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Flash US PMI lifts higher but still signals weak growth at start of fourth quarter
- Flash composite PMI™ rises to 51.2, highest since July
- Jobs cut at steepest rate since 2009
- Manufacturing continues to pull out of downturn, but service sector sees new orders fail to rise for first time since 2009
While an upturn in the headline flash PMI for October might add to hopes that GDP growth could accelerate in the final quarter of the year, the survey also brought plenty of warning signs.
Adjusted for seasonal influences, the headline IHS Markit Flash US PMI, measuring changes in output across both manufacturing and services, reached 51.2 in October, up from 51.0 during September, to signal the sharpest increase in business activity since July. The latest reading points to a further modest recovery in output growth from the three-and-a-half year low seen in August.
However, despite business activity lifting from recent lows, the composite PMI is still running at a level that is indicative of annualised GDP growth of just under 1.5% at the start of the fourth quarter. Moreover, a near-stalling of new orders growth in October to the lowest for a decade suggests that risks are tilted toward growth remaining below trend in coming months.
An increased rate of job culling adds to the gloomy picture, with jobs being lost among surveyed companies at a rate not seen since 2009. At current levels, the survey's employment gauge indicates non-farm payroll growth slipping below 100,000. Although manufacturing employment increased to the greatest extent for five months, service sector jobs were cut at the sharpest rate since 2009.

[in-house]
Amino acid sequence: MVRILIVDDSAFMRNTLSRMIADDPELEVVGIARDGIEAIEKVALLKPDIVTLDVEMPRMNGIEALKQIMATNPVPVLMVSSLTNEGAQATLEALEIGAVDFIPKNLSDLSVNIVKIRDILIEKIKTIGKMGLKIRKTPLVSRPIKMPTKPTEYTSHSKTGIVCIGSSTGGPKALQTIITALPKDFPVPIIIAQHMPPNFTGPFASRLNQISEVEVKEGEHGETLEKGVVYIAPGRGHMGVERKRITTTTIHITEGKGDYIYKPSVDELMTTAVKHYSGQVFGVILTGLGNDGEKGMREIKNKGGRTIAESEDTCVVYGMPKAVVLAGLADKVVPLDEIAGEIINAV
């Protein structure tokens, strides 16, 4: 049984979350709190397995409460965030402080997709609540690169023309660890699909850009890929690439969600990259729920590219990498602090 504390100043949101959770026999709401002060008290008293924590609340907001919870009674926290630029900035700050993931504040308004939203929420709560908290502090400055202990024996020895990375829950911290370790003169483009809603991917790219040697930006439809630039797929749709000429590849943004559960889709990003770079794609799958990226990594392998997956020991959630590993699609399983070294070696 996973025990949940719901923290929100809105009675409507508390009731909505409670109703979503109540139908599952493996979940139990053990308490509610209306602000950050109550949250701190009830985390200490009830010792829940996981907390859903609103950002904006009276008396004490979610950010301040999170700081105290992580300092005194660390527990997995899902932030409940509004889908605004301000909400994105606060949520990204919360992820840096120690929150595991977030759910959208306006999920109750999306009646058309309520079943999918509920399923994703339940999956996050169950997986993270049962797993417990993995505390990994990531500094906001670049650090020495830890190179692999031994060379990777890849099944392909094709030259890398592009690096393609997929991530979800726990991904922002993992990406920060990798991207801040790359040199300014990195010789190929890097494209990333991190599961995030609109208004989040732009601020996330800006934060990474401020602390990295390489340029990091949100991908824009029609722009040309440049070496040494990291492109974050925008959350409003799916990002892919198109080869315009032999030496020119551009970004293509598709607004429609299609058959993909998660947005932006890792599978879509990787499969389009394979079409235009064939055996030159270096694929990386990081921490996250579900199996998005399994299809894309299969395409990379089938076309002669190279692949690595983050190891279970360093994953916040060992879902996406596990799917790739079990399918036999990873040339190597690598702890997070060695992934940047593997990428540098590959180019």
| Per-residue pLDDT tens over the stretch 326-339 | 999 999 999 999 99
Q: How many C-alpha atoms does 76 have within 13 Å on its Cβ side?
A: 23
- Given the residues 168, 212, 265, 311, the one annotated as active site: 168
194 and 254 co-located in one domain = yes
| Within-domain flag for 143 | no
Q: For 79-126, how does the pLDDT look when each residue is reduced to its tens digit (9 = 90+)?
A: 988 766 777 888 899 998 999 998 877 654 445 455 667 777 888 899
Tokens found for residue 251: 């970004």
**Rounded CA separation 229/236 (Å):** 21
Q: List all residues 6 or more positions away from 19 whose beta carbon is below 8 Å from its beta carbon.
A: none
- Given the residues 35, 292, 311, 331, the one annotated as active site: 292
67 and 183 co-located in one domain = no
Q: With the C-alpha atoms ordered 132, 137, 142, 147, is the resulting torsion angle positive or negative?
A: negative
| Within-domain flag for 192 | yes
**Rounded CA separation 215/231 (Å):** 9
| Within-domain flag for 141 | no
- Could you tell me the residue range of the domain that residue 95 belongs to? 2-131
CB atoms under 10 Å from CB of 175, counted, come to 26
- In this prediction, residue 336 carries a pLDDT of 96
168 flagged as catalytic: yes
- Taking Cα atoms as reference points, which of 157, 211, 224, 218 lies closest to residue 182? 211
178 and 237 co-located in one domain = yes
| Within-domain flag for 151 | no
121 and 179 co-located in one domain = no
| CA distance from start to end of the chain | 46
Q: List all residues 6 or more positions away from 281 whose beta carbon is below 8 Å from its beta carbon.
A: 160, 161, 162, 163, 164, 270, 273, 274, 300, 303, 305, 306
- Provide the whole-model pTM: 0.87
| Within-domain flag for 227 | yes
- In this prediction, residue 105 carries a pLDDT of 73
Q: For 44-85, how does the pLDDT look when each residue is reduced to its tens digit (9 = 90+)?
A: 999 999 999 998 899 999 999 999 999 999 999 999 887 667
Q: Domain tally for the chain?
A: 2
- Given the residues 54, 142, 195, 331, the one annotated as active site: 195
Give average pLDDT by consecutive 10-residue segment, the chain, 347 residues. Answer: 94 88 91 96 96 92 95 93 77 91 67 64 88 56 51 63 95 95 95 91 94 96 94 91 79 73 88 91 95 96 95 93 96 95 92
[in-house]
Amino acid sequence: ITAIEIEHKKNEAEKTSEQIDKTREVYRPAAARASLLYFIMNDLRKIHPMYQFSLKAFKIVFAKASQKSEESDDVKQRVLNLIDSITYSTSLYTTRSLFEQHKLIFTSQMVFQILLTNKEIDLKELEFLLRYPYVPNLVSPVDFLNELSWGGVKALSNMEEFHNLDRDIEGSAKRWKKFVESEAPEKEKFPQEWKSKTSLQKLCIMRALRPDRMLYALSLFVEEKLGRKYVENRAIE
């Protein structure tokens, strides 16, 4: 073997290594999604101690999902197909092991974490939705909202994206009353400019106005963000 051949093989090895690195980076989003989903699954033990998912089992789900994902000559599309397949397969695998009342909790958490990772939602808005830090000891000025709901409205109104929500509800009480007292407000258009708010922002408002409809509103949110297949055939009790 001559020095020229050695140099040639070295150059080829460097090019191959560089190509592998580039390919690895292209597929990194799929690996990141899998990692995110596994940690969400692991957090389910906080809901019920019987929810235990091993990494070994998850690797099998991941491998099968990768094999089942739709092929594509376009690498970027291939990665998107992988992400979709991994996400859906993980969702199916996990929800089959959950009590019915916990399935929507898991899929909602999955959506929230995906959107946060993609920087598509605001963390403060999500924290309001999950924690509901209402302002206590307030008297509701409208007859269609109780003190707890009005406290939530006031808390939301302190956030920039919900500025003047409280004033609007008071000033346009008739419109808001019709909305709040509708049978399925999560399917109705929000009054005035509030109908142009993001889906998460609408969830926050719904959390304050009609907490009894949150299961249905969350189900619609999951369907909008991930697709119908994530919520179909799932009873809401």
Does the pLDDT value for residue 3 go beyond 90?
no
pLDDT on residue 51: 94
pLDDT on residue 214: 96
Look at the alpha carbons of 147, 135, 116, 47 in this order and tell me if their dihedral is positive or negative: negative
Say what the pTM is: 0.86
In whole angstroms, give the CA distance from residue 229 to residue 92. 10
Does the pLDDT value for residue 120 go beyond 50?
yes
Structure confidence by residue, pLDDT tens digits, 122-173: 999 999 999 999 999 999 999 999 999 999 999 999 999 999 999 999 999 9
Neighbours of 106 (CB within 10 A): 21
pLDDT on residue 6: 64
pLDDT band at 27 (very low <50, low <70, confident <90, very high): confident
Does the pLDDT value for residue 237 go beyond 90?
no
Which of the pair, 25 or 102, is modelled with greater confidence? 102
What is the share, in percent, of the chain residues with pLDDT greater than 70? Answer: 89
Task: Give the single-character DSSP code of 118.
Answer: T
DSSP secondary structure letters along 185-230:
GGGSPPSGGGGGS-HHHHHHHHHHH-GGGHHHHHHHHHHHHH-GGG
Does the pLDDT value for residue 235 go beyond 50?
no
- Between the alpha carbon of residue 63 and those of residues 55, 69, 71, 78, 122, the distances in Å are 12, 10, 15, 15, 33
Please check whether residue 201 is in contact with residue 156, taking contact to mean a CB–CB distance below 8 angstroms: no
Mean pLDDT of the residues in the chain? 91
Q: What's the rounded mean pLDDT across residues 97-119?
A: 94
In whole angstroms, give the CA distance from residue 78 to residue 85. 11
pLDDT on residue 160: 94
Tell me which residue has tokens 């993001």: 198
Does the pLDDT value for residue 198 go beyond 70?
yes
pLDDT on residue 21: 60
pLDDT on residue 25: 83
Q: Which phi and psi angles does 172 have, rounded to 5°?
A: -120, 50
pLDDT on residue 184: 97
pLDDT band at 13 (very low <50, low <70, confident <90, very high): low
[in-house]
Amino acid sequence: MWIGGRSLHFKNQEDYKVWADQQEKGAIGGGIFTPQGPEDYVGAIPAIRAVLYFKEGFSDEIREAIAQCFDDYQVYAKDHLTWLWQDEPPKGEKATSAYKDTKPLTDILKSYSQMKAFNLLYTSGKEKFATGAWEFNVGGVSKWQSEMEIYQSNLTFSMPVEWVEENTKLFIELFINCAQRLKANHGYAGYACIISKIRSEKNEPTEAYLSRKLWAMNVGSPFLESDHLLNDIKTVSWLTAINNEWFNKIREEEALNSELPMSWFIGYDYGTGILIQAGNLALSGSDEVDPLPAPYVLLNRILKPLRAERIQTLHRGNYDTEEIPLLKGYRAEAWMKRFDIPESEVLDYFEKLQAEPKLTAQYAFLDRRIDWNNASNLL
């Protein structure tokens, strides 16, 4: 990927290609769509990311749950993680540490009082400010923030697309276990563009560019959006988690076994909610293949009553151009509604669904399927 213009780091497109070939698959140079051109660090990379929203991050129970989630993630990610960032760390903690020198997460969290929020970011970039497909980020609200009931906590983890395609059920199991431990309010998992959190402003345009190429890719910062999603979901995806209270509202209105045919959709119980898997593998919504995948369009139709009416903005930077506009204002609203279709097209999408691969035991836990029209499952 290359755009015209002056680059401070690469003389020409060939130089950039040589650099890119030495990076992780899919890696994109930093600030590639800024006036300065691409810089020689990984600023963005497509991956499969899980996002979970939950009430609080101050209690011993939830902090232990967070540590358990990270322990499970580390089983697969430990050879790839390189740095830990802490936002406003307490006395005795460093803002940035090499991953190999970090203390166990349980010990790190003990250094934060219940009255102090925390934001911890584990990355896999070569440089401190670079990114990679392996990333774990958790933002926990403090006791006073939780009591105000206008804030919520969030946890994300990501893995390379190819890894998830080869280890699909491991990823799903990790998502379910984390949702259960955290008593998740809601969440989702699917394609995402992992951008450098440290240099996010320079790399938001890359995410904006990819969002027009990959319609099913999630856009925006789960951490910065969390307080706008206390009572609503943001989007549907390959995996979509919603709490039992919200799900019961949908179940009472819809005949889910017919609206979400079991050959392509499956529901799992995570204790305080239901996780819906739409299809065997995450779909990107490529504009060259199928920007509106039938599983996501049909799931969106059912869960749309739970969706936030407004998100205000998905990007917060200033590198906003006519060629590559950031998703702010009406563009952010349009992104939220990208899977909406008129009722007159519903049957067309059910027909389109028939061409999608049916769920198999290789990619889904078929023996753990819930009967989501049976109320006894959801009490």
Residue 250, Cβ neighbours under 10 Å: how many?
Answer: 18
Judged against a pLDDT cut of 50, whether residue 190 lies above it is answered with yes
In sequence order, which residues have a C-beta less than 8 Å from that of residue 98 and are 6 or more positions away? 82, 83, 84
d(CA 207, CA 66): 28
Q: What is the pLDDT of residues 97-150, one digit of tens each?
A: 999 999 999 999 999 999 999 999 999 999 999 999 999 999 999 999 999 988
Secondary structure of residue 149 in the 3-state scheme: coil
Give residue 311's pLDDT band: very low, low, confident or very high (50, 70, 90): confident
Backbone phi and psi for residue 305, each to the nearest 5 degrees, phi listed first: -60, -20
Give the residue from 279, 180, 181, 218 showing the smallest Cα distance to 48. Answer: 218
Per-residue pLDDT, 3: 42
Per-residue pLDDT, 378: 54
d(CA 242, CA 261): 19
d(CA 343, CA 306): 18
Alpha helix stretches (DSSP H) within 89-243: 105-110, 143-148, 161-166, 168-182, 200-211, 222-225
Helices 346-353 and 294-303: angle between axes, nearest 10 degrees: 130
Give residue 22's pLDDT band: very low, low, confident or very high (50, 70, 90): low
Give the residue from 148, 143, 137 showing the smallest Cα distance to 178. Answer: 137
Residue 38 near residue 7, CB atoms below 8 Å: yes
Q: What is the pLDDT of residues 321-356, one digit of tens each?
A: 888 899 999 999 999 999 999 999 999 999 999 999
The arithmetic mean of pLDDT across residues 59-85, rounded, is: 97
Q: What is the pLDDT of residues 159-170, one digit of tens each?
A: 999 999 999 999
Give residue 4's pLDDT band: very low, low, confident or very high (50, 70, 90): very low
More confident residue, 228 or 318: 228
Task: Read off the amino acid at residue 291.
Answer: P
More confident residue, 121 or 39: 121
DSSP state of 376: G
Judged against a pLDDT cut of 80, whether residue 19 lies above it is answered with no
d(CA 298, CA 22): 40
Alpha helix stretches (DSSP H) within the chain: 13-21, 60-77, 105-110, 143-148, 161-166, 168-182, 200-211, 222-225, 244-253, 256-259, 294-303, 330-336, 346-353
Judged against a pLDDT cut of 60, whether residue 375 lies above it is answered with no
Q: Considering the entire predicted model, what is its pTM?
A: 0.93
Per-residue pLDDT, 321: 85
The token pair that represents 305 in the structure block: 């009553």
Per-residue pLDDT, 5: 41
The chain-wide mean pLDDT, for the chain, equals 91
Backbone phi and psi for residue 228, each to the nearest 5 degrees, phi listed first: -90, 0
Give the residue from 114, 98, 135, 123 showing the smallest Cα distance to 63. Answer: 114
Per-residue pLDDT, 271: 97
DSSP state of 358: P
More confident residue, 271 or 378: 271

While the job losses in part reflected current weak order book growth, caution with regard to payroll numbers also reflected still-gloomy expectations for the year ahead. Although optimism hit a four-month high, it remained among the gloomiest seen since the global financial crisis.
The overall subdued picture reflects a spreading of economic weakness from manufacturing to services in the third quarter, but encouragingly we are now seeing some signs of manufacturing pulling out of its downturn, in part reflecting a return to growth for exports and improved sentiment about the year ahead, linked to hopes that trade war tensions are starting to ease.
Manufacturing new orders grew at the fastest rate seen since April, with new export orders rising for the first time in four months. In contrast, new business across the service sector stagnated, failing to grow for the first time since data were first available in late-2009.
If manufacturing can continue to gain momentum this should hopefully feed through to stronger jobs growth and an improved service sector performance, translating into better GDP growth, but it remains too early to determine whether the economy has truly turned a corner.
Chris Williamson, Chief Business Economist, IHS
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Purchasing Managers' Index™ (PMI™) data are compiled by IHS Markit for more than 40 economies worldwide. The monthly data are derived from surveys of senior executives at private sector companies, and are available only via subscription. The PMI dataset features a headline number, which indicates the overall health of an economy, and sub-indices, which provide insights into other key economic drivers such as GDP, inflation, exports, capacity utilization, employment and inventories. The PMI data are used by financial and corporate professionals to better understand where economies and markets are headed, and to uncover opportunities.
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